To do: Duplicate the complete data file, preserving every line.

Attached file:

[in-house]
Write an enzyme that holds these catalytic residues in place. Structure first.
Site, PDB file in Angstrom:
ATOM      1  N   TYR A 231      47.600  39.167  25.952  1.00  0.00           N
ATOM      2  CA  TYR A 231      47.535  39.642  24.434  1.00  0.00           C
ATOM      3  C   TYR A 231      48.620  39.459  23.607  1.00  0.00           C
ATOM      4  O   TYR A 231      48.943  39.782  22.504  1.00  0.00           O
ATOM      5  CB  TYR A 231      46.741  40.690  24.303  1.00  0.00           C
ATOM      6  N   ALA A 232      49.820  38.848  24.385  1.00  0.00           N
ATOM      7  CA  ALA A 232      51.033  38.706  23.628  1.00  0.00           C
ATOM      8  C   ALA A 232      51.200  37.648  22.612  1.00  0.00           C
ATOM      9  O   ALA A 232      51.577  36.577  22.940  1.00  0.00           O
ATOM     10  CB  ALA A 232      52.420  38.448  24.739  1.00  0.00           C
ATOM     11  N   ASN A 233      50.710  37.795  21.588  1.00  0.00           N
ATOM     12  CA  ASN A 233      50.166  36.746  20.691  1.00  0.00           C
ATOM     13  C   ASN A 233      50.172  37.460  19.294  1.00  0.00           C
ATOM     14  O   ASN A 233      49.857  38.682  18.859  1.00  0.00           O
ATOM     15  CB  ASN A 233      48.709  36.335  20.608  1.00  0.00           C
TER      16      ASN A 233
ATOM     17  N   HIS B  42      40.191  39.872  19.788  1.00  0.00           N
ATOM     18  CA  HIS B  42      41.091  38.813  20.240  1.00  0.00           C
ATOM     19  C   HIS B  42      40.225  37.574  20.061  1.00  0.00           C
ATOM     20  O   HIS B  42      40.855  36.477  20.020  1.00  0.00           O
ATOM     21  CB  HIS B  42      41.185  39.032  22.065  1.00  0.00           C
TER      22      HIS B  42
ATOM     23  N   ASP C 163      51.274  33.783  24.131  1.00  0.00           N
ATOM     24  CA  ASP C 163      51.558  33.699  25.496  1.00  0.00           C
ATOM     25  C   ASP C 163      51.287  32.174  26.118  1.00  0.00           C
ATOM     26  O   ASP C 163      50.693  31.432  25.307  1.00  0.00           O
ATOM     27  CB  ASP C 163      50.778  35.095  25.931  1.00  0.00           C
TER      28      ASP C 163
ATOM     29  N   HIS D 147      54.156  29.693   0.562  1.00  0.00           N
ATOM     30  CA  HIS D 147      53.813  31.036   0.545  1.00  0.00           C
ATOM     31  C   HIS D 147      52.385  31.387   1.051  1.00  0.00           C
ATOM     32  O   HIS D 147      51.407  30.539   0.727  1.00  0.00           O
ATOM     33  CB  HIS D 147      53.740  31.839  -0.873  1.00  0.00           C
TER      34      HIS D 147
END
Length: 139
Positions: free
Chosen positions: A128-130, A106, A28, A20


[in-house]
Write an enzyme that holds these catalytic residues in place. Structure first.
Site, PDB file in Angstrom:
ATOM      1  N   TYR A 231      47.600  39.167  25.952  1.00  0.00           N
ATOM      2  CA  TYR A 231      47.535  39.642  24.434  1.00  0.00           C
ATOM      3  C   TYR A 231      48.620  39.459  23.607  1.00  0.00           C
ATOM      4  O   TYR A 231      48.943  39.782  22.504  1.00  0.00           O
ATOM      5  CB  TYR A 231      46.741  40.690  24.303  1.00  0.00           C
ATOM      6  N   ALA A 232      49.820  38.848  24.385  1.00  0.00           N
ATOM      7  CA  ALA A 232      51.033  38.706  23.628  1.00  0.00           C
ATOM      8  C   ALA A 232      51.200  37.648  22.612  1.00  0.00           C
ATOM      9  O   ALA A 232      51.577  36.577  22.940  1.00  0.00           O
ATOM     10  CB  ALA A 232      52.420  38.448  24.739  1.00  0.00           C
ATOM     11  N   ASN A 233      50.710  37.795  21.588  1.00  0.00           N
ATOM     12  CA  ASN A 233      50.166  36.746  20.691  1.00  0.00           C
ATOM     13  C   ASN A 233      50.172  37.460  19.294  1.00  0.00           C
ATOM     14  O   ASN A 233      49.857  38.682  18.859  1.00  0.00           O
ATOM     15  CB  ASN A 233      48.709  36.335  20.608  1.00  0.00           C
TER      16      ASN A 233
ATOM     17  N   HIS B  42      40.191  39.872  19.788  1.00  0.00           N
ATOM     18  CA  HIS B  42      41.091  38.813  20.240  1.00  0.00           C
ATOM     19  C   HIS B  42      40.225  37.574  20.061  1.00  0.00           C
ATOM     20  O   HIS B  42      40.855  36.477  20.020  1.00  0.00           O
ATOM     21  CB  HIS B  42      41.185  39.032  22.065  1.00  0.00           C
TER      22      HIS B  42
ATOM     23  N   ASP C 163      51.274  33.783  24.131  1.00  0.00           N
ATOM     24  CA  ASP C 163      51.558  33.699  25.496  1.00  0.00           C
ATOM     25  C   ASP C 163      51.287  32.174  26.118  1.00  0.00           C
ATOM     26  O   ASP C 163      50.693  31.432  25.307  1.00  0.00           O
ATOM     27  CB  ASP C 163      50.778  35.095  25.931  1.00  0.00           C
TER      28      ASP C 163
ATOM     29  N   HIS D 147      54.156  29.693   0.562  1.00  0.00           N
ATOM     30  CA  HIS D 147      53.813  31.036   0.545  1.00  0.00           C
ATOM     31  C   HIS D 147      52.385  31.387   1.051  1.00  0.00           C
ATOM     32  O   HIS D 147      51.407  30.539   0.727  1.00  0.00           O
ATOM     33  CB  HIS D 147      53.740  31.839  -0.873  1.00  0.00           C
TER      34      HIS D 147
END
Length: 139
Positions: free
Chosen positions: A128-130, A106, A28, A20